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No Big Bang? Quantum equation predicts universe has no beginning

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posted on Feb, 10 2015 @ 10:32 AM
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I must be too stupid or something, but my brain can not fathom something existing that didn't have a beginning. I don't think it applies to an all-powerful god, and I don't really think it applies to the universe.

But I absolutely could be wrong, on both accounts. But for now, I don't trust it.




posted on Feb, 10 2015 @ 10:54 AM
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I never understood the big bang theory..energy coming from nothing. And my son says they teach it in school as if it is fact.. It is a theory.. nothing else.. nobody knows or can prove this is the way the universe happened.



posted on Feb, 10 2015 @ 11:12 AM
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a reply to: HODOSKE


originally posted by: Krazysh0t

originally posted by: Baddogma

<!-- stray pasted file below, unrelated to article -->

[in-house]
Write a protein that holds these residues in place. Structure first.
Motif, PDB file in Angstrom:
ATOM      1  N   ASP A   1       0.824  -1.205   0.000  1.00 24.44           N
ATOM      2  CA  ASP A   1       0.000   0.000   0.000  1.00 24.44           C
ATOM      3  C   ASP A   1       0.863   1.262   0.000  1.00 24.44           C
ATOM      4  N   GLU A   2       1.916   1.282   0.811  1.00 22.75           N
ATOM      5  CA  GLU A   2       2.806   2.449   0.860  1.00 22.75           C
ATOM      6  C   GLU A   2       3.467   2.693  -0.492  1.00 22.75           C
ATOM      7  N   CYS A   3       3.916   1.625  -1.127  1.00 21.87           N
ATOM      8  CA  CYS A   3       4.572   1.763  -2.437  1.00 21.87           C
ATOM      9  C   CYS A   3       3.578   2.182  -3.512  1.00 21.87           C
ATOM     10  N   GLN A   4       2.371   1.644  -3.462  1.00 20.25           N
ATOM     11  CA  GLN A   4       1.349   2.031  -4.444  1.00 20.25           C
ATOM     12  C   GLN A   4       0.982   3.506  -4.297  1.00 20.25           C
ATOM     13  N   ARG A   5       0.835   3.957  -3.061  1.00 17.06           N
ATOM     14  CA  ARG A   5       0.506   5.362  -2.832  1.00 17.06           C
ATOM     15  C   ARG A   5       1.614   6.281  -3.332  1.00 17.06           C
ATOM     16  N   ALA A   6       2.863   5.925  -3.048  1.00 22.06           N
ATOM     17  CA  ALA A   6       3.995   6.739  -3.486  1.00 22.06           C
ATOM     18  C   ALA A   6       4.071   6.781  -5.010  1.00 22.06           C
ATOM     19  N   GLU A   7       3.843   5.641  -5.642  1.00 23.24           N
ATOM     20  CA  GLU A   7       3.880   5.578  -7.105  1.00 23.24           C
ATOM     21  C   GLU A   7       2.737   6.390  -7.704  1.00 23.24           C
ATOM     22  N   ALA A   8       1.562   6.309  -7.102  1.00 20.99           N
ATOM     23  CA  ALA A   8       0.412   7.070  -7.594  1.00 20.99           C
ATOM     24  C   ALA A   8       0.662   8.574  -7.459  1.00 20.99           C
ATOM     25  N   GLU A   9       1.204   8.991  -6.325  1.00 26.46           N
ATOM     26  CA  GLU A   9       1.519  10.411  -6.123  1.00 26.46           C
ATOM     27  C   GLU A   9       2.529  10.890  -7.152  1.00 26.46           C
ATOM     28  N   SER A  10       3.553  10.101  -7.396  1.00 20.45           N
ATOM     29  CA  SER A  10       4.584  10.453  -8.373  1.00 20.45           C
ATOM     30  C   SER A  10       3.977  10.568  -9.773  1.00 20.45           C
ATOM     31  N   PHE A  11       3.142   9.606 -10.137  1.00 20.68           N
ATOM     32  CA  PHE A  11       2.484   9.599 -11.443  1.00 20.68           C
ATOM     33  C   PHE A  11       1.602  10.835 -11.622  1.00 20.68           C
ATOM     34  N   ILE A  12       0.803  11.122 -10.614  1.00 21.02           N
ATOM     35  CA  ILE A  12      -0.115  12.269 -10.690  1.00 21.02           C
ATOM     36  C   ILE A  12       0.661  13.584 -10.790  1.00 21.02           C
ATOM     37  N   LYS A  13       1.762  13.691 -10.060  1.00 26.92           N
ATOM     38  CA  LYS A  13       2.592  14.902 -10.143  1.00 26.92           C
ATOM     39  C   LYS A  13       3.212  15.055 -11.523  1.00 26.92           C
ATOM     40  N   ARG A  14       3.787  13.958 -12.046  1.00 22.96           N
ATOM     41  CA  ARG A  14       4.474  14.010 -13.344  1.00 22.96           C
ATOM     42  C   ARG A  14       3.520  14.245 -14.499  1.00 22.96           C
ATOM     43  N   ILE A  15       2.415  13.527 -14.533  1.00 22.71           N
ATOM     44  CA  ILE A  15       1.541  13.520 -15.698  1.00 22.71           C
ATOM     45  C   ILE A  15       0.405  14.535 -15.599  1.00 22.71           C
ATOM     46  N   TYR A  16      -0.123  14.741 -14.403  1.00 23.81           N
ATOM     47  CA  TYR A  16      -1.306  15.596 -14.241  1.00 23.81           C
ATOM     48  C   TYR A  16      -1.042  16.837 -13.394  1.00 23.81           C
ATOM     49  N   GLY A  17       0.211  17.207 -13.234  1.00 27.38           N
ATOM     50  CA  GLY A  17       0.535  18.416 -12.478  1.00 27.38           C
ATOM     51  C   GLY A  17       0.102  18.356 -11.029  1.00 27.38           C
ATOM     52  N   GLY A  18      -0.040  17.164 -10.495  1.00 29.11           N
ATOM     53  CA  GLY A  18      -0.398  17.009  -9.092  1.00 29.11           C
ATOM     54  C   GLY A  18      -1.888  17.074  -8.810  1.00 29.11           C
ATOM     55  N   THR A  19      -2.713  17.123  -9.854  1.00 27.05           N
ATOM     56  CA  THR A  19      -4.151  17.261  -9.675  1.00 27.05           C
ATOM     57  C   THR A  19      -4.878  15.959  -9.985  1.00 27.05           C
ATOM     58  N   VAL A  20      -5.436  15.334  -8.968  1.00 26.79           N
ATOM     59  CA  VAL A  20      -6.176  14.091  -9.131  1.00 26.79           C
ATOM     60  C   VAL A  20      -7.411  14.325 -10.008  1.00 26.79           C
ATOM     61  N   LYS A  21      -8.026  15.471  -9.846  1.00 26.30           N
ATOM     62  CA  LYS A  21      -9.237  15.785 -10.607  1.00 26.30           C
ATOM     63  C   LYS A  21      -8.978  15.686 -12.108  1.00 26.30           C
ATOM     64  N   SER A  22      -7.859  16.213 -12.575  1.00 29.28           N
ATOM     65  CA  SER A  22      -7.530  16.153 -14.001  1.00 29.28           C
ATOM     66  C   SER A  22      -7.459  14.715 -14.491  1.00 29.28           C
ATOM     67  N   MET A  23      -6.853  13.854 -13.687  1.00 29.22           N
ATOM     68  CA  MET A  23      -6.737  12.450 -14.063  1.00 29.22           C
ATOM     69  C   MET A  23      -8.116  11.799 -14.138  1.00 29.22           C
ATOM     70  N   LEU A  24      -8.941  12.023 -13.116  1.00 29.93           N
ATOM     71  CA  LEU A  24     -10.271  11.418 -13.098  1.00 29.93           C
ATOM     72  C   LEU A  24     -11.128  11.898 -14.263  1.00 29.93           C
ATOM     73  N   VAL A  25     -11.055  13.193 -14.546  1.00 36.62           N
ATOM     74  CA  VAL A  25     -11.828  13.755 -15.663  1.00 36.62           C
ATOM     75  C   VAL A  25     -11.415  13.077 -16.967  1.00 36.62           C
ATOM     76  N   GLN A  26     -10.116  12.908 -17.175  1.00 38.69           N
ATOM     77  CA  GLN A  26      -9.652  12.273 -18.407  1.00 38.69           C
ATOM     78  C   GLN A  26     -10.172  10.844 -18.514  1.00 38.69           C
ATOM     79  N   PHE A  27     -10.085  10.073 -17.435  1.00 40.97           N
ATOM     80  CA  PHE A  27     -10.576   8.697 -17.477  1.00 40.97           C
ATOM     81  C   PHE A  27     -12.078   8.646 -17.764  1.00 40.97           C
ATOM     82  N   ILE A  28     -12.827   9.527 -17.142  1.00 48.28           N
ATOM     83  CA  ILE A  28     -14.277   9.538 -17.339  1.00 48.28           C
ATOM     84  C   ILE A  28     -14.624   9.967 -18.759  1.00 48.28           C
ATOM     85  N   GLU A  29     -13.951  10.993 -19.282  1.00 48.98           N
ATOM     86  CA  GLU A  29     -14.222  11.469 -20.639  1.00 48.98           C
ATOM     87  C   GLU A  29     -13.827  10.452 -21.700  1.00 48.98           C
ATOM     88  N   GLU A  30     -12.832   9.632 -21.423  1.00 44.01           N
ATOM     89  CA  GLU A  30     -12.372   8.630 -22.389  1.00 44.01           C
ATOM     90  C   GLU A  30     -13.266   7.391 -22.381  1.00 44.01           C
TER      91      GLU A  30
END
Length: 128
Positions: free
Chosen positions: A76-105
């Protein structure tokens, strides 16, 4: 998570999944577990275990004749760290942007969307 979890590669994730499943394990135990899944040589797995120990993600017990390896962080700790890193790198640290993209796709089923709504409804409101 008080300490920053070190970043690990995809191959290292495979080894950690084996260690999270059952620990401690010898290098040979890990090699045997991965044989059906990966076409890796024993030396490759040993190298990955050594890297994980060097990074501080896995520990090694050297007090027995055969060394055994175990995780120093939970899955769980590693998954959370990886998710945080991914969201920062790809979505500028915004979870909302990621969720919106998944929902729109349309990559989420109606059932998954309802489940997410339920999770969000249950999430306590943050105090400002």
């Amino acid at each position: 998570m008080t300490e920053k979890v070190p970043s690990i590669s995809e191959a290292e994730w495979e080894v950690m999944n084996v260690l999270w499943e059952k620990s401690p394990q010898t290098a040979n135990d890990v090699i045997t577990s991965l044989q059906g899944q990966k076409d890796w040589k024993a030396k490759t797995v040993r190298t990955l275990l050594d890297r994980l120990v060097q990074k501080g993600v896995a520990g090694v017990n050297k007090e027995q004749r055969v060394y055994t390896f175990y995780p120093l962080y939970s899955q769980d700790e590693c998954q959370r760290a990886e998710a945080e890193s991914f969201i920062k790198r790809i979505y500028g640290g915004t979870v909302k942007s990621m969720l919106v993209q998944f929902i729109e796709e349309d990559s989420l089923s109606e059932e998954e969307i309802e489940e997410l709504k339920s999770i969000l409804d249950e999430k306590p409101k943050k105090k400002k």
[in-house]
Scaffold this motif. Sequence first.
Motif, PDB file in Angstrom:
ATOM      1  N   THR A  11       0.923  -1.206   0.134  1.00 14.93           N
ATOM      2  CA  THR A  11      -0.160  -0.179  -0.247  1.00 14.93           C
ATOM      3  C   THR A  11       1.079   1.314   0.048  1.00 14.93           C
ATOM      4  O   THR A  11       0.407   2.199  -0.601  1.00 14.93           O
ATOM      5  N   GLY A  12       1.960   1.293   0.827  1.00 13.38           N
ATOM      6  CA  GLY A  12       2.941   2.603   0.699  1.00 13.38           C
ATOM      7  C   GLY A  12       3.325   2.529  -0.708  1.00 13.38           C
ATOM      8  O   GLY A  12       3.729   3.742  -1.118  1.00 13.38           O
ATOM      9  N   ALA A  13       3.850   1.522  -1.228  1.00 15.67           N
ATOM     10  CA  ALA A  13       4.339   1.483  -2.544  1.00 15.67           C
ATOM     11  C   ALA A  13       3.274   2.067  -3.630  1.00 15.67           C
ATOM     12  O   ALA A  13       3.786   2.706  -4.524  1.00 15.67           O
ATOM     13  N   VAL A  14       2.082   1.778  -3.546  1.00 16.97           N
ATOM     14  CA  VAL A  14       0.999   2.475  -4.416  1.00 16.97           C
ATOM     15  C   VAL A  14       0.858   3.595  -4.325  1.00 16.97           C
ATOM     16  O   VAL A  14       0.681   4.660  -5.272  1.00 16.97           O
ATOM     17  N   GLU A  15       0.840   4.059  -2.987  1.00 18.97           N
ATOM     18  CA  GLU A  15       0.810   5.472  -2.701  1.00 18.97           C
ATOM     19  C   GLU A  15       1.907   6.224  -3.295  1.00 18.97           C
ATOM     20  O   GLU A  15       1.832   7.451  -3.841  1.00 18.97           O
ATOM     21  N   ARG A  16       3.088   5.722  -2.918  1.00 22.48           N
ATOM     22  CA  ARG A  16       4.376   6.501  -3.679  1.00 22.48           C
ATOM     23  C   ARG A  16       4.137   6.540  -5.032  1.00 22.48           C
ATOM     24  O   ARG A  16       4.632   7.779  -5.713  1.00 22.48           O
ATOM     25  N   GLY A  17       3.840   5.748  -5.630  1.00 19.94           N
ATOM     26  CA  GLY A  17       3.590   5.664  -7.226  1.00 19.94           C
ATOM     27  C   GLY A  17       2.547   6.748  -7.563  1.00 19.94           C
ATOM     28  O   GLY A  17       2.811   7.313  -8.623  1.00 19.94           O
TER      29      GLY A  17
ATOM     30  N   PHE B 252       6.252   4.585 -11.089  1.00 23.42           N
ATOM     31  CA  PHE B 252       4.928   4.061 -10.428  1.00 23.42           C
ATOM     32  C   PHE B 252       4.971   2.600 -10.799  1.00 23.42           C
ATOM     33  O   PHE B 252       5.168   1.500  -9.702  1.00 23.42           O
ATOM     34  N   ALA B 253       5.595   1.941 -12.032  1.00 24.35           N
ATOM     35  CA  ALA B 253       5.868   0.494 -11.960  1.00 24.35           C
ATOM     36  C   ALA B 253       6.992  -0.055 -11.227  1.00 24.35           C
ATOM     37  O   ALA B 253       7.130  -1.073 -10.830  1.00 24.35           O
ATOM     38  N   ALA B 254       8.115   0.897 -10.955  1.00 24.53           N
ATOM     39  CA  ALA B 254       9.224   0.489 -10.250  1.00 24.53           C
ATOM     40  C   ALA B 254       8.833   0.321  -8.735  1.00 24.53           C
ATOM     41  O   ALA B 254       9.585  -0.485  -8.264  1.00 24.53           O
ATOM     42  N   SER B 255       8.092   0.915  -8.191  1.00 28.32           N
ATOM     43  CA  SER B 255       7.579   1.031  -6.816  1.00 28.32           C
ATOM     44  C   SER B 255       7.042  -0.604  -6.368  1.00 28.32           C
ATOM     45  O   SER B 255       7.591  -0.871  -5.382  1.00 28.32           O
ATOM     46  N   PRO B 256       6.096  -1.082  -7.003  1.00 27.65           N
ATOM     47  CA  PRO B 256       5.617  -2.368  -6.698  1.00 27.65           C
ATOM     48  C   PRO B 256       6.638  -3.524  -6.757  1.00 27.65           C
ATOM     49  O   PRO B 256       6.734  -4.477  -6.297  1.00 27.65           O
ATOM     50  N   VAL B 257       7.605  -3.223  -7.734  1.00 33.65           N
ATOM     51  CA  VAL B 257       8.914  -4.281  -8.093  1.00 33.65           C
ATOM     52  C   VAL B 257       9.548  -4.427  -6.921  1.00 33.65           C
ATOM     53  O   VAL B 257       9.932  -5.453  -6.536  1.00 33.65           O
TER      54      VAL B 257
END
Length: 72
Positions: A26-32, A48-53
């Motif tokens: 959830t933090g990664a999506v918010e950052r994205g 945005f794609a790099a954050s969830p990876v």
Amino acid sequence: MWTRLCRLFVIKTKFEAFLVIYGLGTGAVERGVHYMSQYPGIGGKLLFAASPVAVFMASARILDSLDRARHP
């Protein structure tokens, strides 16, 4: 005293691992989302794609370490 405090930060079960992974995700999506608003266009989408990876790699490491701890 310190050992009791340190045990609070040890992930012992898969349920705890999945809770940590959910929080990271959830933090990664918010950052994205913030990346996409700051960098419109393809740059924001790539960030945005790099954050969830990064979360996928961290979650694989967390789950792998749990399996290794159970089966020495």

A steady state "something" makes more sense than something from nothing. It makes more sense that there always has been "something" rather than no thing.


Ugh... The Big Bang theory doesn't say that something came from nothing...



posted on Feb, 10 2015 @ 12:10 PM
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my first post. Interesting material from the late 90's/early 2000's: metaresearch.org...



posted on Feb, 10 2015 @ 12:16 PM
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There is the theological concept of emanation, as opposed to creation ex nihilo. This new quantum equation seems to favor the former, and if it gains enough support it could give "pagan" or "esoteric" philosophy/religion a buff and "orthodox" or "exoteric" mainstream philosophy/religion a debuff.

👣


edit on 805TuesdayuAmerica/ChicagoFebuTuesdayAmerica/Chicago by BlueMule because: (no reason given)